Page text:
Written by Maggie Lawson, Head of Finance at ICS

HMRC have been defeated in yet another high profile IR35 case, at the cost of the taxpayer, bringing the total lost cases to five out of the six IR35 cases that have taken place since the introduction of IR35 in the Public Sector in April 2017. The fact that HMRC have repeatedly lost makes it clear that they simply do not understand their own tangled web of self employment law.

Broadcaster and journalist, Kaye Adams, has successfully appealed a challenge to her self-employed status under the IR35 rules. The key to the case is that alongside her work for the BBC, Adams’ had many other engagements which highlighted the fact that she was in business of her own account.

Despite the win for Adams, there were factors highlighted in the case of which contractors should take note. The judgement deemed that Ms Adams’ substitution clauses was meaningless in that, although included in the 2016/2017 contracts, she would never have been able to send another individual to provide services to the BBC.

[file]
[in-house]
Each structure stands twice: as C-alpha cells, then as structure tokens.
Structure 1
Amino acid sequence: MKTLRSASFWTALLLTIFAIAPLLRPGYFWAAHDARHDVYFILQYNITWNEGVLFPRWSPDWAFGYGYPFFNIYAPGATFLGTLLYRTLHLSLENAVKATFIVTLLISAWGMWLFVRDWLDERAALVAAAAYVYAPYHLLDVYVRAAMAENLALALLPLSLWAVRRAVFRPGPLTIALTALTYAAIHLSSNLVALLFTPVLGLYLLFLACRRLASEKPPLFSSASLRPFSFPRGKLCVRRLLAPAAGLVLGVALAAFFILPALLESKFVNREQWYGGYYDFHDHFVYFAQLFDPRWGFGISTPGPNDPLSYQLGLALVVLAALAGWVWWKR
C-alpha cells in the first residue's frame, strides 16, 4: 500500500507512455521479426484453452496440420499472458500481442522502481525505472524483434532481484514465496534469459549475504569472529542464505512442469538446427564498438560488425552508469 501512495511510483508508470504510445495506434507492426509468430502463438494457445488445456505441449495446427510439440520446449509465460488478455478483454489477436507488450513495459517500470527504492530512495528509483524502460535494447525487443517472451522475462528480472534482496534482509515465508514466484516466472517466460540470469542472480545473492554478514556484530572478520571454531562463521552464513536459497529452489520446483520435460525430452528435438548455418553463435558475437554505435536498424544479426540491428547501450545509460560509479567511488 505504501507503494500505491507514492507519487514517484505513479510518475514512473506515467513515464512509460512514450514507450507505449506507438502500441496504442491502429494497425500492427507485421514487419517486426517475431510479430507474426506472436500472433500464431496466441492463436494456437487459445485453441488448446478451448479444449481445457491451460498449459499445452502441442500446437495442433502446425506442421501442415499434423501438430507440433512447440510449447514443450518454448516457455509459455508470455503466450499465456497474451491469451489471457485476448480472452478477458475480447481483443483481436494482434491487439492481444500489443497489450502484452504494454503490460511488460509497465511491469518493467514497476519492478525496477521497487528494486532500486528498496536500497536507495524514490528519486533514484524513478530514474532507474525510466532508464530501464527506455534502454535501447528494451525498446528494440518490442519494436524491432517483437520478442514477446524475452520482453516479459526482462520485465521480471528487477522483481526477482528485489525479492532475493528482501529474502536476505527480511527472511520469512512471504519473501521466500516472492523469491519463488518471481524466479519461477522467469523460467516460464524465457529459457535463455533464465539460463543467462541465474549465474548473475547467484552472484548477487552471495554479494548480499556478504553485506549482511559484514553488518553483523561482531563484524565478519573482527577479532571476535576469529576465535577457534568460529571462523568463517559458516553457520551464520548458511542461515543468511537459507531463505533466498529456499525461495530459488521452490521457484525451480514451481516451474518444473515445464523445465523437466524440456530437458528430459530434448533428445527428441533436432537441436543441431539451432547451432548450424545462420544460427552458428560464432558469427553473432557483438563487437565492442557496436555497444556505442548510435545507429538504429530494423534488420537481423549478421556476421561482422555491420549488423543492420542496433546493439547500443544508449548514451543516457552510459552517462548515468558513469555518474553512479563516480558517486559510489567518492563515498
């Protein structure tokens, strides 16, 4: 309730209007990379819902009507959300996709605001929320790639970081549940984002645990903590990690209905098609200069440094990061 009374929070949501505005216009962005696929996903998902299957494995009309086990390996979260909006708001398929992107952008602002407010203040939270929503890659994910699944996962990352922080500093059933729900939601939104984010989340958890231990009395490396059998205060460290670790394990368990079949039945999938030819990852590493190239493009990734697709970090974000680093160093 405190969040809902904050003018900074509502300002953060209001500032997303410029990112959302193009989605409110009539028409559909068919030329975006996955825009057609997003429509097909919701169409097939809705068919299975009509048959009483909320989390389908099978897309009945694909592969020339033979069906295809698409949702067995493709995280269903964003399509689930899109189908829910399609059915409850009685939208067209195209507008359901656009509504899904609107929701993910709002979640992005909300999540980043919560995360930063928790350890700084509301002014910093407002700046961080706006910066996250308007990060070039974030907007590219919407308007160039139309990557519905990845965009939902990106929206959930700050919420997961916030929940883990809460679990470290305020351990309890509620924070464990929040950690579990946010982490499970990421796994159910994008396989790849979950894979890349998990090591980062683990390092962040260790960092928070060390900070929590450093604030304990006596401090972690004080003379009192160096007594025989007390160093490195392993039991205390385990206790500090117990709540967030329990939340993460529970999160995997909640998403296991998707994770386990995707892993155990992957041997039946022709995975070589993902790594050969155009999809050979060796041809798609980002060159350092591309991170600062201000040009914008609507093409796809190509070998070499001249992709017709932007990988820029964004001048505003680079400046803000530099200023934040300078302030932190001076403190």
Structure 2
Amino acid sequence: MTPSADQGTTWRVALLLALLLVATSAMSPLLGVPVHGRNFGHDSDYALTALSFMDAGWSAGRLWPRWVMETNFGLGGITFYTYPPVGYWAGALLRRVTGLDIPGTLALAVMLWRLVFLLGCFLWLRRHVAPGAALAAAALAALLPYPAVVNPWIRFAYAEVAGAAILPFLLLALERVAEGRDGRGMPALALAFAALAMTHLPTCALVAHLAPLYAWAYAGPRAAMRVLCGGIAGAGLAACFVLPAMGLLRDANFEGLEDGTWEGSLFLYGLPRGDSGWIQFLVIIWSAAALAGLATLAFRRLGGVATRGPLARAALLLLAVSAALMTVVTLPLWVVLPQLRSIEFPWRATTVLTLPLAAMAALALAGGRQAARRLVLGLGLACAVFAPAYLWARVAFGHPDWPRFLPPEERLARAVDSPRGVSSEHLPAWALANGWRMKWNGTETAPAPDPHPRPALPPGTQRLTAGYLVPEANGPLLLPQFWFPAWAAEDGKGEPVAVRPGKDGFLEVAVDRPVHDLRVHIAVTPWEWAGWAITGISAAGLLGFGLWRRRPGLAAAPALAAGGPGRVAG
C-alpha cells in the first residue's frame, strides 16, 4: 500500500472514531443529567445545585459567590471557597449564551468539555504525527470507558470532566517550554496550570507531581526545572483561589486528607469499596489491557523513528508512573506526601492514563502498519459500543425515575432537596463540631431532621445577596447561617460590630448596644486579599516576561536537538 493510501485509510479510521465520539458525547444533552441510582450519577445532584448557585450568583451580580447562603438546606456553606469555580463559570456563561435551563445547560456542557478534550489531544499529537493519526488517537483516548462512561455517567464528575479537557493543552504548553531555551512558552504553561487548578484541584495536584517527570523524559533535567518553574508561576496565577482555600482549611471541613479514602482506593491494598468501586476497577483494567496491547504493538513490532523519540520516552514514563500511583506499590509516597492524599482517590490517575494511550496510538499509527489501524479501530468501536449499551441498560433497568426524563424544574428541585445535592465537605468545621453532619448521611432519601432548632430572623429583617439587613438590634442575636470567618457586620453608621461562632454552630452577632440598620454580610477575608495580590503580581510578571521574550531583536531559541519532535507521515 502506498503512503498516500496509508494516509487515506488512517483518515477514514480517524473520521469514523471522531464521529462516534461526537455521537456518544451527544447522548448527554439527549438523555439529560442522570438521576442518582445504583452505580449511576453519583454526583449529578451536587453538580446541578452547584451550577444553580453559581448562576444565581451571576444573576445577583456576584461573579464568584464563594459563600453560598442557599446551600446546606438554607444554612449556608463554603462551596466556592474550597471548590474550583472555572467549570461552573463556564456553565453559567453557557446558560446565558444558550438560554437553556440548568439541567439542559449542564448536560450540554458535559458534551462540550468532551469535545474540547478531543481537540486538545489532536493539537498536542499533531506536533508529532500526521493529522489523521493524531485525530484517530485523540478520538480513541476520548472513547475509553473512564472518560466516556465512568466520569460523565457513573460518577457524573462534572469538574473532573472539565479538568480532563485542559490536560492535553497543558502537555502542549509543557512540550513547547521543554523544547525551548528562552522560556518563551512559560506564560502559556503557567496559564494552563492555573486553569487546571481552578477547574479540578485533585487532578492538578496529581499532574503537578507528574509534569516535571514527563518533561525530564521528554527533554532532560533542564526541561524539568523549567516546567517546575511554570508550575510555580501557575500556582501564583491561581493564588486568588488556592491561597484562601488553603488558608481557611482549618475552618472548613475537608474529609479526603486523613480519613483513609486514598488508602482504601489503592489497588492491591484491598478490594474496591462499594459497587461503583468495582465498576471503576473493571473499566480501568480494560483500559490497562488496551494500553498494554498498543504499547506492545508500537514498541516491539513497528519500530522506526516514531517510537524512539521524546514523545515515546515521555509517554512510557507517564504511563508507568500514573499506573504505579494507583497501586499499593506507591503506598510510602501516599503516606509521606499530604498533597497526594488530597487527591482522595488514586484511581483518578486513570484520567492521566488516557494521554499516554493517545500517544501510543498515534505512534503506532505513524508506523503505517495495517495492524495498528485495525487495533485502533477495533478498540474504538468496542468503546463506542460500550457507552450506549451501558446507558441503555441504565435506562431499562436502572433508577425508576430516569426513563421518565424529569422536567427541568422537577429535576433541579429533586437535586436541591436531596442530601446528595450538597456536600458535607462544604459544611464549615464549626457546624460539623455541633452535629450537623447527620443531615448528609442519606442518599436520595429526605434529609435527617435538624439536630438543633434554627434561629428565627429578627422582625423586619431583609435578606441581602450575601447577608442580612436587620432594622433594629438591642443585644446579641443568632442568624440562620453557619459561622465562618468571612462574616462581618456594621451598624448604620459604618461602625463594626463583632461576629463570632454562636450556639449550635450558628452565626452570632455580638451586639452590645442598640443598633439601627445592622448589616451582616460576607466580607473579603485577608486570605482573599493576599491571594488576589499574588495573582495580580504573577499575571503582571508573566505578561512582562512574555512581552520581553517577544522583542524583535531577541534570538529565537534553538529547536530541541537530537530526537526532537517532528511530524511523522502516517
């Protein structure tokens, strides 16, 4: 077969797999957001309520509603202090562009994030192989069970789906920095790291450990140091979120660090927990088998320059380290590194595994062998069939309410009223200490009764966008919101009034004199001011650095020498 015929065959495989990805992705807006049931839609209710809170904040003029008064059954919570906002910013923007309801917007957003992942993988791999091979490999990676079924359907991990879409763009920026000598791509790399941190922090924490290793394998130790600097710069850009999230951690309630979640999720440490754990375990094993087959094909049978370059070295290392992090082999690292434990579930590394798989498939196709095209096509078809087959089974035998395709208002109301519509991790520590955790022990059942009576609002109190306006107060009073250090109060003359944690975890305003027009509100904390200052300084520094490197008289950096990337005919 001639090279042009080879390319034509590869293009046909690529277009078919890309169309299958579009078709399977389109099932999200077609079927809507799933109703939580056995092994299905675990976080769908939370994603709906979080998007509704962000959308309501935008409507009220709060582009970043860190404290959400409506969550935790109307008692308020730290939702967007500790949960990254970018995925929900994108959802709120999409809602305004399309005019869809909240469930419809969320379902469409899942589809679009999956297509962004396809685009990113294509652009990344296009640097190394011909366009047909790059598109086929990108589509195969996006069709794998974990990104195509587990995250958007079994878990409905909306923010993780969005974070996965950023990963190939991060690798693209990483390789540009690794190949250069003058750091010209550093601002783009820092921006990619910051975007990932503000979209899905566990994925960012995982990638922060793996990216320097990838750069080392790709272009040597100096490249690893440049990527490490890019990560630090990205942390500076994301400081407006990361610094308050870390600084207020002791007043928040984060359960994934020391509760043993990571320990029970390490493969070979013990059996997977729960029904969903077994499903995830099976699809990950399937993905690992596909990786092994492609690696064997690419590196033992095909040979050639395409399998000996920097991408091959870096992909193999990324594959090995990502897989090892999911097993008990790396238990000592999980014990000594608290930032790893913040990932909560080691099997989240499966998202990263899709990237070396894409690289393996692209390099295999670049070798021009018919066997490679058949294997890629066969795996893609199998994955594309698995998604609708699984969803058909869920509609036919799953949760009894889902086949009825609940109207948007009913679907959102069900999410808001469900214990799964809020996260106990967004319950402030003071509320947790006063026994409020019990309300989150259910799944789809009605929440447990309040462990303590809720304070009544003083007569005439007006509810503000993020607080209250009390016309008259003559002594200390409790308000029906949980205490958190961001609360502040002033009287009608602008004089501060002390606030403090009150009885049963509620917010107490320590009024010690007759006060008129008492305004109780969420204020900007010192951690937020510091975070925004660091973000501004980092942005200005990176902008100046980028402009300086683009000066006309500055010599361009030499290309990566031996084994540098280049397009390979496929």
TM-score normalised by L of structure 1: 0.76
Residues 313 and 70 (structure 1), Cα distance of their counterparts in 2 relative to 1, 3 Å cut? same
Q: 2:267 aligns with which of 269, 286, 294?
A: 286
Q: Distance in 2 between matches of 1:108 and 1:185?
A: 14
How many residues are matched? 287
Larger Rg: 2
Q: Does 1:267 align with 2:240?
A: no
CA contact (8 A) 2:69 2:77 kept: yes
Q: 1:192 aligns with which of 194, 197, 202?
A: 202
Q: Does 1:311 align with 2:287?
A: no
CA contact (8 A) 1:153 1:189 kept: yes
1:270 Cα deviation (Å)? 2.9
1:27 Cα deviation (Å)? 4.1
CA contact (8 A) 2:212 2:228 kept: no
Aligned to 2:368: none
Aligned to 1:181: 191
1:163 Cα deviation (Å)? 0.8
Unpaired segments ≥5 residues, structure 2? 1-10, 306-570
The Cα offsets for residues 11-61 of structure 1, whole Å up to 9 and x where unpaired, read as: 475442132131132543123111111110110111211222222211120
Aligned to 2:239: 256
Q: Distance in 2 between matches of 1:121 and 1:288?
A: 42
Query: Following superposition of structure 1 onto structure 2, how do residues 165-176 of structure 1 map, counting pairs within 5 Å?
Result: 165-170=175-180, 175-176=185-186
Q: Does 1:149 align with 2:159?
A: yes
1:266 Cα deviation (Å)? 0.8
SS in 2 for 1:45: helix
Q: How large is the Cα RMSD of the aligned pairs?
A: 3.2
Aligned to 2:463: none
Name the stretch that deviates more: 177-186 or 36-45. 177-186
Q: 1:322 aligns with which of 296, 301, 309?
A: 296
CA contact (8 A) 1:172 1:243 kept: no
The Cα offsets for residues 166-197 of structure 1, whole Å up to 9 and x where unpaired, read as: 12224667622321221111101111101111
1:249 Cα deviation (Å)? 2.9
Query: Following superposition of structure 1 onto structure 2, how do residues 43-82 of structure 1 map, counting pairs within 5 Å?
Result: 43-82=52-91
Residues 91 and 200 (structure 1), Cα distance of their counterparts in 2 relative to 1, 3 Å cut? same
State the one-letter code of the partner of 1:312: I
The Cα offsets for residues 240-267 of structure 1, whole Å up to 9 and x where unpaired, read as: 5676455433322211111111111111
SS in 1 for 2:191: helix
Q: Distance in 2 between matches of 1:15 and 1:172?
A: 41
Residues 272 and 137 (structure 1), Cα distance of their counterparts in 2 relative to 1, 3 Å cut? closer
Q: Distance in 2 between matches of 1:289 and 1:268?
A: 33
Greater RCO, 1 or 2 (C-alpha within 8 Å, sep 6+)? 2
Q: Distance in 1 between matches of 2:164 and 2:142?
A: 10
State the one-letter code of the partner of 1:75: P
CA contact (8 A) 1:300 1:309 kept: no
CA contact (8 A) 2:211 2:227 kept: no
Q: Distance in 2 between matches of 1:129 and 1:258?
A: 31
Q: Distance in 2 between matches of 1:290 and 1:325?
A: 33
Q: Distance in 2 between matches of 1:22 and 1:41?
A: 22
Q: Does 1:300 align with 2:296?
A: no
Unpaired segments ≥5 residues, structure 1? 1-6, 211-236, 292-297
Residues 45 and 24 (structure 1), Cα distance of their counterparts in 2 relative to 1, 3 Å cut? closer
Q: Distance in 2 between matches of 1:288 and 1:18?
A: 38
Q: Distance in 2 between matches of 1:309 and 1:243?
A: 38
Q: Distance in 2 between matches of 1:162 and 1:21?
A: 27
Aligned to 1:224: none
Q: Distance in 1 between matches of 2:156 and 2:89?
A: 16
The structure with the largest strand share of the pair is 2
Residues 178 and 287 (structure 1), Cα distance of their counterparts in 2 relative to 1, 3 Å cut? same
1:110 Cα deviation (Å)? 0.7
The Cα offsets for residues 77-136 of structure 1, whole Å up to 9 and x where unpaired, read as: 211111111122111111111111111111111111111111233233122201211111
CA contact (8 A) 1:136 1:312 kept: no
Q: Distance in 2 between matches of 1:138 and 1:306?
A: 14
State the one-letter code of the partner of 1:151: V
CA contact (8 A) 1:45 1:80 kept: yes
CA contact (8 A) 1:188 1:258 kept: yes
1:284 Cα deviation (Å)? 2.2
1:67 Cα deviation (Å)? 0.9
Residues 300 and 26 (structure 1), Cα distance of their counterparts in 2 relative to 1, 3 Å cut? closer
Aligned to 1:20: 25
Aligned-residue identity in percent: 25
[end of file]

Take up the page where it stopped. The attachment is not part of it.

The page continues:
In addition, the judgment set out that she did not run any financial risk and, most notably, that there was in fact mutuality of obligation between the parties. This was demonstrated by Ms Adams receiving payment even in the absence of the provision of services.

It is interesting to note that, (as in Hall V Lorimer) the judge actually came to his main conclusion without relying on the terms of the contracts at all. This is why it imperative that contractors review their working practices and the actual basis of the relationship they have with their clients. If it is clear, both parties don’t believe clauses within a contract actually take place, then the likelihood is they will be disregarded if they come under review for IR35 purposes.

It is clear from the cases HMRC are pursuing that they are still failing to look at the overall relationship between the relevant parties – instead becoming fixated on one element of the contract or working practices.

Full details of the case can be found here – http://financeandtax.decisions.tribunals.gov.uk/judgmentfiles/j11052/TC07088.pdf